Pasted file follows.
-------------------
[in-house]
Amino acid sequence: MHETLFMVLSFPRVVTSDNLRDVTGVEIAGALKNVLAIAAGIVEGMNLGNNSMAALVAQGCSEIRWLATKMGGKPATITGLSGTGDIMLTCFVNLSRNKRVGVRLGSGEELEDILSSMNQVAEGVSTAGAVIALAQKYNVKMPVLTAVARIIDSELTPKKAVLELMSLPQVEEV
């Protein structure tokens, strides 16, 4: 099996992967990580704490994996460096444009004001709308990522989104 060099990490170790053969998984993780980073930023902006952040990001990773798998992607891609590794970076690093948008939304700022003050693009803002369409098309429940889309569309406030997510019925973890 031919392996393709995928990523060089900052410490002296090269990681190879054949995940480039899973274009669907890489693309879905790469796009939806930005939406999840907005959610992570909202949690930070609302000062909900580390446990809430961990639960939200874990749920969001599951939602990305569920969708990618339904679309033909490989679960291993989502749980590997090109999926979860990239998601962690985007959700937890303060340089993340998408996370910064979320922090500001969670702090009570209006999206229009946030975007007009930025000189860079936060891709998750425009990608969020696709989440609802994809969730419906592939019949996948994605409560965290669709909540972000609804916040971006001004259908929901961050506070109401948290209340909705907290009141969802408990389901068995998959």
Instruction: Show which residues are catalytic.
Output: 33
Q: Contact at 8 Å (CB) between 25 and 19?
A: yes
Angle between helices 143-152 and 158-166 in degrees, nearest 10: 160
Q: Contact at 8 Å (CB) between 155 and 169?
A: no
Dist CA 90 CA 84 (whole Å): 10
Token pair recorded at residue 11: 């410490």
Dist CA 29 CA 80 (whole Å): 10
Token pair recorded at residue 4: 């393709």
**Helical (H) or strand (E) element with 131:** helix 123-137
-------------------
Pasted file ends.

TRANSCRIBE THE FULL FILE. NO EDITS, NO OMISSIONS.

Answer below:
[in-house]
Amino acid sequence: MHETLFMVLSFPRVVTSDNLRDVTGVEIAGALKNVLAIAAGIVEGMNLGNNSMAALVAQGCSEIRWLATKMGGKPATITGLSGTGDIMLTCFVNLSRNKRVGVRLGSGEELEDILSSMNQVAEGVSTAGAVIALAQKYNVKMPVLTAVARIIDSELTPKKAVLELMSLPQVEEV
């Protein structure tokens, strides 16, 4: 099996992967990580704490994996460096444009004001709308990522989104 060099990490170790053969998984993780980073930023902006952040990001990773798998992607891609590794970076690093948008939304700022003050693009803002369409098309429940889309569309406030997510019925973890 031919392996393709995928990523060089900052410490002296090269990681190879054949995940480039899973274009669907890489693309879905790469796009939806930005939406999840907005959610992570909202949690930070609302000062909900580390446990809430961990639960939200874990749920969001599951939602990305569920969708990618339904679309033909490989679960291993989502749980590997090109999926979860990239998601962690985007959700937890303060340089993340998408996370910064979320922090500001969670702090009570209006999206229009946030975007007009930025000189860079936060891709998750425009990608969020696709989440609802994809969730419906592939019949996948994605409560965290669709909540972000609804916040971006001004259908929901961050506070109401948290209340909705907290009141969802408990389901068995998959």
Instruction: Show which residues are catalytic.
Output: 33
Q: Contact at 8 Å (CB) between 25 and 19?
A: yes
Angle between helices 143-152 and 158-166 in degrees, nearest 10: 160
Q: Contact at 8 Å (CB) between 155 and 169?
A: no
Dist CA 90 CA 84 (whole Å): 10
Token pair recorded at residue 11: 């410490």
Dist CA 29 CA 80 (whole Å): 10
Token pair recorded at residue 4: 């393709």
**Helical (H) or strand (E) element with 131:** helix 123-137